One item I don’t remember finding in this folder in the past was the commencement speech given by my husband at his graduation in June of 1970. It was only two short weeks before our wedding, and I remember being so proud of him as he stood and gave his response to Chancellor Fortune’s remarks. He was only 21 years old. As I read his words again today, forty six years later, I’m still proud of him. He will probably be embarrassed, but I’m going to share them here. Be sure and read the final paragraph to see why his speech is included in my “Faith on Friday” post.
The University of Mississippi 1970 Annual Commencement
RESPONSE to Chancellor Porter Lee Fortune, Jr.
CHARGE TO CLASS
By William Chandler Cushman, President, Senior Cass
Let me begin by saying that I identify with the establishment. But there are some basic inconsistencies within this system that have created the polarization that Chancellor Fortune mentioned a moment ago.
Many people predicted that my generation would live in a world of near utopia—a world with no fear of war or hunger. And yet, we find ourselves confronted with increasingly crucial problems.
Young men today are literally compelled to risk their lives in a war from which the majority of Americans feel we should withdraw. By and large these young adults are denied the right to express their views with a vote. Ironically this sounds like involuntary servitude, or, at least, conscriptive taxation without representation. Is it any wonder that thousands of young people feel compelled to create a disturbance in order that someone will listen?
Unfortunately, they continue to be frustrated, being written off as “mere children” who will someday “grow up.” This frustration has persisted for so long that many young people now believe that the only way to improve our society is to present an active opposition to the existing system. This activism manifests itself in the violence we have witnessed on many college campuses today.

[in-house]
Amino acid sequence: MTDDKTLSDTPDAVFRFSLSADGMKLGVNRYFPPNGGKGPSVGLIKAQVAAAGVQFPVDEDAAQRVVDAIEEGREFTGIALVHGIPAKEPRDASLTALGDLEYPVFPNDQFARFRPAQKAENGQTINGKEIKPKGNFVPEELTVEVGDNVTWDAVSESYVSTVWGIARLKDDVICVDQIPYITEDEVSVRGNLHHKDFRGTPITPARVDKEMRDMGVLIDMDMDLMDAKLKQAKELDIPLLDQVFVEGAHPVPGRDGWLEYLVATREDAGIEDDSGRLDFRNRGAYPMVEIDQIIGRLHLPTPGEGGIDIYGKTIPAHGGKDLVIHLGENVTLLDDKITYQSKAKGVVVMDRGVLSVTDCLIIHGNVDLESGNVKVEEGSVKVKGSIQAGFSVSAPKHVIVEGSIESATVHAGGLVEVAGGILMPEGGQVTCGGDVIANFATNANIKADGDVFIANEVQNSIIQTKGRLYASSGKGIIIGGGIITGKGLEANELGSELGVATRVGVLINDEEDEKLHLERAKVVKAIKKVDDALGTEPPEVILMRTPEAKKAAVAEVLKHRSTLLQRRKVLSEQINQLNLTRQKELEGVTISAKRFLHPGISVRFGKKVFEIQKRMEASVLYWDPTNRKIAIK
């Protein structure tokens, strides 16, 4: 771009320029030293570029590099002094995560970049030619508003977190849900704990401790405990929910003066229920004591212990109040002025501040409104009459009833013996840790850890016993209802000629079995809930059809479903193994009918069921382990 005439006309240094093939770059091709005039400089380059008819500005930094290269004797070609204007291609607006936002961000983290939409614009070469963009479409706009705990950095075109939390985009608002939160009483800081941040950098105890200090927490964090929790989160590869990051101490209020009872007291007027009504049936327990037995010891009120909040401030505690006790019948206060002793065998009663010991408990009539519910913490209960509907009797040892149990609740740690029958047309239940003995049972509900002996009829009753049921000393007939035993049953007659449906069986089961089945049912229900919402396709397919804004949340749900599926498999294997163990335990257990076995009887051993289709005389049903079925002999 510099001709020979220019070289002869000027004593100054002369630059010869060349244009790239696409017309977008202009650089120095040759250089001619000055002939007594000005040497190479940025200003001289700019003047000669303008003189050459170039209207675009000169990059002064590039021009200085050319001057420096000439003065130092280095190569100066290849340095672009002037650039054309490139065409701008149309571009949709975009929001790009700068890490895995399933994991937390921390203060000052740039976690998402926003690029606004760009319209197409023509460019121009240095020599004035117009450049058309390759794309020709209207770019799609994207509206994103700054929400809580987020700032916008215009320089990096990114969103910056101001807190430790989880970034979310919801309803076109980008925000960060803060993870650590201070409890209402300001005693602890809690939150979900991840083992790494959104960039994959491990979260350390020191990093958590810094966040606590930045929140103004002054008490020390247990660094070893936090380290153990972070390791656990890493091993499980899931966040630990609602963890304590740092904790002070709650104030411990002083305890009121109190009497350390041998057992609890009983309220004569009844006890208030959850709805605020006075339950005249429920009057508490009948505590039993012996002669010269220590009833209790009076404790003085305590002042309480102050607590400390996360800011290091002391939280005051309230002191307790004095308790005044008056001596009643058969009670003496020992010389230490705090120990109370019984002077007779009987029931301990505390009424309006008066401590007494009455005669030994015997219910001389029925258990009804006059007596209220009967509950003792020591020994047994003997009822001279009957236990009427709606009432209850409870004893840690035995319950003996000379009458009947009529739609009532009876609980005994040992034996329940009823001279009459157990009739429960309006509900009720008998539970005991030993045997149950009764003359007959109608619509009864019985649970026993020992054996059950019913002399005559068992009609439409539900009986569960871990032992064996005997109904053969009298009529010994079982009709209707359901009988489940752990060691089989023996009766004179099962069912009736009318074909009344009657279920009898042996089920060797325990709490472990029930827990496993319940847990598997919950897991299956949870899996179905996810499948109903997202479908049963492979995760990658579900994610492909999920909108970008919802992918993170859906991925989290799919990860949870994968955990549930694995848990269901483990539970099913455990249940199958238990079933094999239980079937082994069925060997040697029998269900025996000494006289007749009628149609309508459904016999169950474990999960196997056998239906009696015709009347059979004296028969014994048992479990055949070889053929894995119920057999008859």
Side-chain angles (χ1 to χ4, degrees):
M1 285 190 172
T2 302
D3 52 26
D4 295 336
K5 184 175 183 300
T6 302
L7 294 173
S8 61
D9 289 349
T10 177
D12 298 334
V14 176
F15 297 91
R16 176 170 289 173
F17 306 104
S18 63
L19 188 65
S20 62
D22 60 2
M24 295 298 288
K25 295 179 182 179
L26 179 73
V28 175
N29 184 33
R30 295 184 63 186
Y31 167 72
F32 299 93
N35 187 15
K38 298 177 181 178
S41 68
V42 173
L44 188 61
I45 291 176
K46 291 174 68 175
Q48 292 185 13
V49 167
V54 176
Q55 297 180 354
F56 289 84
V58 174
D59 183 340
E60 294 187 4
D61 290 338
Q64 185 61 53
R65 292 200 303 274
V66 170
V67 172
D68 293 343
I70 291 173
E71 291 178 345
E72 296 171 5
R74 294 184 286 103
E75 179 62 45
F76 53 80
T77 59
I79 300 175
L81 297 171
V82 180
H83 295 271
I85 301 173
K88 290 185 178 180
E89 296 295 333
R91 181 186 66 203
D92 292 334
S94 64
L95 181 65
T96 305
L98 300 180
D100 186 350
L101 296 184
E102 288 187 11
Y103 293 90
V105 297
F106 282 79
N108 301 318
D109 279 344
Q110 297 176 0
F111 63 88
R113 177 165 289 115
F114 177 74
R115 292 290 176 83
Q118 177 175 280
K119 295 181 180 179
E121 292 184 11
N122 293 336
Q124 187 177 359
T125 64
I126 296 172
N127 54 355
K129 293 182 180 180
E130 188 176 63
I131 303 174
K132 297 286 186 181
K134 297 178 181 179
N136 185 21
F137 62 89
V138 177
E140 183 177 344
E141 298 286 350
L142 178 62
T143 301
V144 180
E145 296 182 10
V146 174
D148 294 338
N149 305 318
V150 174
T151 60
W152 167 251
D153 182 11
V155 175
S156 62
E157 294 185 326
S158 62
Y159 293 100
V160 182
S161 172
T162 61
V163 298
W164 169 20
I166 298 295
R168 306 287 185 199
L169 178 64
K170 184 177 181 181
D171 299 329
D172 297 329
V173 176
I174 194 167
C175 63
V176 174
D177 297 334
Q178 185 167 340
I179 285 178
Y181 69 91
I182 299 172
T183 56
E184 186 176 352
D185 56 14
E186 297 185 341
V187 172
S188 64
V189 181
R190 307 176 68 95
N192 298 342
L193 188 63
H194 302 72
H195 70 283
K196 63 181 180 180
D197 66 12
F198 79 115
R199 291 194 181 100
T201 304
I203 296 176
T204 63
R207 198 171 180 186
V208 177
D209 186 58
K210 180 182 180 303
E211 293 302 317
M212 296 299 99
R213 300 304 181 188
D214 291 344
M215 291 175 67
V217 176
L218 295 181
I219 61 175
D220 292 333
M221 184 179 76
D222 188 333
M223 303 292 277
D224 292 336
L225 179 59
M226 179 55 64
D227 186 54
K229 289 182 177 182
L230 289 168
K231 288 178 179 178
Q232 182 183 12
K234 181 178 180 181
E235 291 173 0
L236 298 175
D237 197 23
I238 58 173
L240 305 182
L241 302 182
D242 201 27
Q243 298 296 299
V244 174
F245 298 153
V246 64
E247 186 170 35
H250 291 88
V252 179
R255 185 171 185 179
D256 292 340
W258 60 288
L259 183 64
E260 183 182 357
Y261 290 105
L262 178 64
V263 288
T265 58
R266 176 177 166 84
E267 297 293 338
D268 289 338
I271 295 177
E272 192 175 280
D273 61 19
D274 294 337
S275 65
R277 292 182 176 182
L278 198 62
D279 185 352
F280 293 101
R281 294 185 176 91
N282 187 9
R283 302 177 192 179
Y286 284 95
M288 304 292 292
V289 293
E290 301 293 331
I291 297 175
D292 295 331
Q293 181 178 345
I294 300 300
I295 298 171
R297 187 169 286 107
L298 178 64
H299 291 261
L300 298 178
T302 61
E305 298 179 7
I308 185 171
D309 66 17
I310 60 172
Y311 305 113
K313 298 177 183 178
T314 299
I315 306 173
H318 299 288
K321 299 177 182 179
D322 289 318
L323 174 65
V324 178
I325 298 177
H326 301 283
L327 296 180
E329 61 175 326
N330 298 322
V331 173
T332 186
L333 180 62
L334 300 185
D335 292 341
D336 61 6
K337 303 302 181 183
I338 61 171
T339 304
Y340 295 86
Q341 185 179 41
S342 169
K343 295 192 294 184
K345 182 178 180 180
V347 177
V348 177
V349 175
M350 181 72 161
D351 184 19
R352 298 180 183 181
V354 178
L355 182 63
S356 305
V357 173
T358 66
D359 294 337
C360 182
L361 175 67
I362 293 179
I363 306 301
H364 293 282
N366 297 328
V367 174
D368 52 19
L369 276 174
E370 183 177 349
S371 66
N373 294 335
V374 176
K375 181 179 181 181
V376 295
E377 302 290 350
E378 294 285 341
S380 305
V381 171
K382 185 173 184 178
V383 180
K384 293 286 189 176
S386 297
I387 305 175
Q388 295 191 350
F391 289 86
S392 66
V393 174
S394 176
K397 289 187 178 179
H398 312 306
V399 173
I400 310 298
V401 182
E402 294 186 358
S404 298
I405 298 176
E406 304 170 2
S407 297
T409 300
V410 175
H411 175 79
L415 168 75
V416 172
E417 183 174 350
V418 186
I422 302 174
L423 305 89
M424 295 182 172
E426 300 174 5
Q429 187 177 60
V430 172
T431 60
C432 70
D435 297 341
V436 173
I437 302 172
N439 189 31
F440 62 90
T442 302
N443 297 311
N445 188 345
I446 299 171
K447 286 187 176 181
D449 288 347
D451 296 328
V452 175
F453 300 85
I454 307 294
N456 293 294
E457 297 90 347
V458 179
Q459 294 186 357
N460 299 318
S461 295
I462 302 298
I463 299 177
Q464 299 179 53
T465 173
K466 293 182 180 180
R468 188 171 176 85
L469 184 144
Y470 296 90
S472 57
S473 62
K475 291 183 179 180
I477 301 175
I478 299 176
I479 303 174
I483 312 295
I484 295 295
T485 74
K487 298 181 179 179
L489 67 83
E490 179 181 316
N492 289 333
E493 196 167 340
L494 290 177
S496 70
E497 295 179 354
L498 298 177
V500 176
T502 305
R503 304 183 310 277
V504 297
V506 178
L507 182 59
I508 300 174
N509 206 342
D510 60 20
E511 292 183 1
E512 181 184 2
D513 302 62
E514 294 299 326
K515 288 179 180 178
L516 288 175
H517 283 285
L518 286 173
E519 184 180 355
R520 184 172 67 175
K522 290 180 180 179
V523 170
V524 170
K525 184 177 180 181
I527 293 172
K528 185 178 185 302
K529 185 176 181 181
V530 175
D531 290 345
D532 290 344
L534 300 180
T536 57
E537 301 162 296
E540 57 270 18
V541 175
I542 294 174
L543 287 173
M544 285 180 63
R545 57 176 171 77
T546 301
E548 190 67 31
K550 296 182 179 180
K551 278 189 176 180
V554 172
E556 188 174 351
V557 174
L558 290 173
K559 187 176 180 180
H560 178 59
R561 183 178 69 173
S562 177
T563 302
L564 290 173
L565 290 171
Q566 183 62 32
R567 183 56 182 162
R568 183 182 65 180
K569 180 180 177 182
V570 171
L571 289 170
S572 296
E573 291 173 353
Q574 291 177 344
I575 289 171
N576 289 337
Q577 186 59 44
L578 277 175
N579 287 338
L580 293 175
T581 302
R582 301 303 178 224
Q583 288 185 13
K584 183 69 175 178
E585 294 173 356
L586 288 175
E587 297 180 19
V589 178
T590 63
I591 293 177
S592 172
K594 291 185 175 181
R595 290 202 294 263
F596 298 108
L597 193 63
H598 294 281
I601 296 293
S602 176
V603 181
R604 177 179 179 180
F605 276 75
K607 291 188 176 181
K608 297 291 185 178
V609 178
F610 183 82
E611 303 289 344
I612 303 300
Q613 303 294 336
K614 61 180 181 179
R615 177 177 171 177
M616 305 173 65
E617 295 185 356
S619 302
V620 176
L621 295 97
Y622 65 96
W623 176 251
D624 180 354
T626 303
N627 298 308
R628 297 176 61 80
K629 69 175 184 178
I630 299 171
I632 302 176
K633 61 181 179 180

I am strongly opposed to these violent expressions, but I cannot, and I hope you will not, categorically condemn a confused and disillusioned generation.
Some have said that student violence in this country began at the University of Mississippi in 1962. Whether this accusation is true or not, this University has matured a great deal since that time and has undergone many changes: For the most part it has not been change merely for the sake of change, but rather for the sake of definite progress in a constructive, and not a destructive, manner.
Nevertheless, even our campus has not been free from the political polarization and other dilemmas that colleges throughout the United States are experiencing.
What I am saying, then, is that, as graduates, we will be confronting a multitude of problems. Perhaps we will solve them, and then again, we may not. But as Chancellor Fortune has challenged, we must be individuals and seek out our own answers.
The way that I have found to deal meaningfully with these problems is through what I feel to be the wisdom and love of God as expressed in Jesus Christ. This is my personal response, and it does not necessarily represent the convictions of my fellow graduates. But let me urge that each one of you honestly seek out your solution.
If laughter is the best medicine, then maybe cartoons about writers and writing is just what I need today. Taking a break from my more serious work this week, and getting ready to host another literary salon tomorrow night. Sometimes promoting another writer’s work and toasting her success is just what’s needed. As Madeleine L’Engle said, “We all feed the lake.”
And now… enjoy!
Many thanks especially to the talented Debbie Ridpath Ohi and the hilarious Cathy Thorne. And to one of the brilliant writers in my writing group, who shared this first one with me today! (I’m afraid it really does remind me of our writing group!!!)
I know, I know. I didn’t write a “Faith on Friday” post this past Friday. Funny… but I was busy with coffee with a writer friend and lunch with another friend… and yet by mid afternoon, I was depressed. Because depression knows no favorites and takes no captives. It just kills creative impulses.
So, today, I woke up thinking about what to write for Mental Health Monday. And here it is… 3 p.m. in the afternoon, and what have I done?
Two loads of laundry.
Some necessary paperwork.
Planned the menu for a literary salon I’m hosting this coming Thursday night.
Read more in an incredible book, Still Life: A Memoir of Living Fully with Depression by Gillian Marchenko (watch for a review on this amazing book soon).